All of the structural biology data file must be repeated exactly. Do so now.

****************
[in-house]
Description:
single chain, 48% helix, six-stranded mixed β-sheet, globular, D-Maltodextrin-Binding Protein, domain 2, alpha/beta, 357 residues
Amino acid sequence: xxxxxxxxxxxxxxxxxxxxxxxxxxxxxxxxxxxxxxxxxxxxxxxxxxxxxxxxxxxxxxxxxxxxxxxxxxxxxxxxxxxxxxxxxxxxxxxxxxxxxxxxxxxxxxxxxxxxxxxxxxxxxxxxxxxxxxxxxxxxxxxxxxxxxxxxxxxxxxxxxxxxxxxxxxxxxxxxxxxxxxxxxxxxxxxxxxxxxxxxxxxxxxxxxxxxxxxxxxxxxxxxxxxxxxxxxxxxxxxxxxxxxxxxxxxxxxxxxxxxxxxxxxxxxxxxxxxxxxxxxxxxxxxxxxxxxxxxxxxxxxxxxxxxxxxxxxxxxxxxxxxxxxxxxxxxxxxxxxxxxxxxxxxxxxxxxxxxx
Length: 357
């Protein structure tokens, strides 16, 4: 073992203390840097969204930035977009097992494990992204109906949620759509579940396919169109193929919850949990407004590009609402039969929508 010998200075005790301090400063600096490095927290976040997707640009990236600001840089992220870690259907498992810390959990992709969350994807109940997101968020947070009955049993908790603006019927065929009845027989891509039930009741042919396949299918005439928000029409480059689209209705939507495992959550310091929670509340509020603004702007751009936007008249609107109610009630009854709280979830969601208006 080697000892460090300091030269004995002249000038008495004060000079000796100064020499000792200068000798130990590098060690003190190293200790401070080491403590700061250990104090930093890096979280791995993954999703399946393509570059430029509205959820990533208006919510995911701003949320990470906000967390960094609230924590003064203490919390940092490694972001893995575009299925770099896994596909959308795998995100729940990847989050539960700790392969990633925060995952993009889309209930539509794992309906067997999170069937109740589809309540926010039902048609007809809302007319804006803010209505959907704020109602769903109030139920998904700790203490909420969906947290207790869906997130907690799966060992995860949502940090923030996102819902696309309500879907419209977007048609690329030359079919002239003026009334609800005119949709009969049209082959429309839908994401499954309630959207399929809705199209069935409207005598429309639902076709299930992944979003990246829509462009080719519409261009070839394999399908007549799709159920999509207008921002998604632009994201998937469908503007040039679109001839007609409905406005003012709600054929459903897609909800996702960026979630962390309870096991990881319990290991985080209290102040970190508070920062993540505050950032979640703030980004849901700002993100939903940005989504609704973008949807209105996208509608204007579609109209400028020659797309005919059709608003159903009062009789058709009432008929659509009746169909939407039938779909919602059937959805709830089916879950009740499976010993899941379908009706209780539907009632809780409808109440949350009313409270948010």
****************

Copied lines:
[in-house]
Description:
single chain, 48% helix, six-stranded mixed β-sheet, globular, D-Maltodextrin-Binding Protein, domain 2, alpha/beta, 357 residues
Amino acid sequence: xxxxxxxxxxxxxxxxxxxxxxxxxxxxxxxxxxxxxxxxxxxxxxxxxxxxxxxxxxxxxxxxxxxxxxxxxxxxxxxxxxxxxxxxxxxxxxxxxxxxxxxxxxxxxxxxxxxxxxxxxxxxxxxxxxxxxxxxxxxxxxxxxxxxxxxxxxxxxxxxxxxxxxxxxxxxxxxxxxxxxxxxxxxxxxxxxxxxxxxxxxxxxxxxxxxxxxxxxxxxxxxxxxxxxxxxxxxxxxxxxxxxxxxxxxxxxxxxxxxxxxxxxxxxxxxxxxxxxxxxxxxxxxxxxxxxxxxxxxxxxxxxxxxxxxxxxxxxxxxxxxxxxxxxxxxxxxxxxxxxxxxxxxxxxxxxxxxxx
Length: 357
């Protein structure tokens, strides 16, 4: 073992203390840097969204930035977009097992494990992204109906949620759509579940396919169109193929919850949990407004590009609402039969929508 010998200075005790301090400063600096490095927290976040997707640009990236600001840089992220870690259907498992810390959990992709969350994807109940997101968020947070009955049993908790603006019927065929009845027989891509039930009741042919396949299918005439928000029409480059689209209705939507495992959550310091929670509340509020603004702007751009936007008249609107109610009630009854709280979830969601208006 080697000892460090300091030269004995002249000038008495004060000079000796100064020499000792200068000798130990590098060690003190190293200790401070080491403590700061250990104090930093890096979280791995993954999703399946393509570059430029509205959820990533208006919510995911701003949320990470906000967390960094609230924590003064203490919390940092490694972001893995575009299925770099896994596909959308795998995100729940990847989050539960700790392969990633925060995952993009889309209930539509794992309906067997999170069937109740589809309540926010039902048609007809809302007319804006803010209505959907704020109602769903109030139920998904700790203490909420969906947290207790869906997130907690799966060992995860949502940090923030996102819902696309309500879907419209977007048609690329030359079919002239003026009334609800005119949709009969049209082959429309839908994401499954309630959207399929809705199209069935409207005598429309639902076709299930992944979003990246829509462009080719519409261009070839394999399908007549799709159920999509207008921002998604632009994201998937469908503007040039679109001839007609409905406005003012709600054929459903897609909800996702960026979630962390309870096991990881319990290991985080209290102040970190508070920062993540505050950032979640703030980004849901700002993100939903940005989504609704973008949807209105996208509608204007579609109209400028020659797309005919059709608003159903009062009789058709009432008929659509009746169909939407039938779909919602059937959805709830089916879950009740499976010993899941379908009706209780539907009632809780409808109440949350009313409270948010």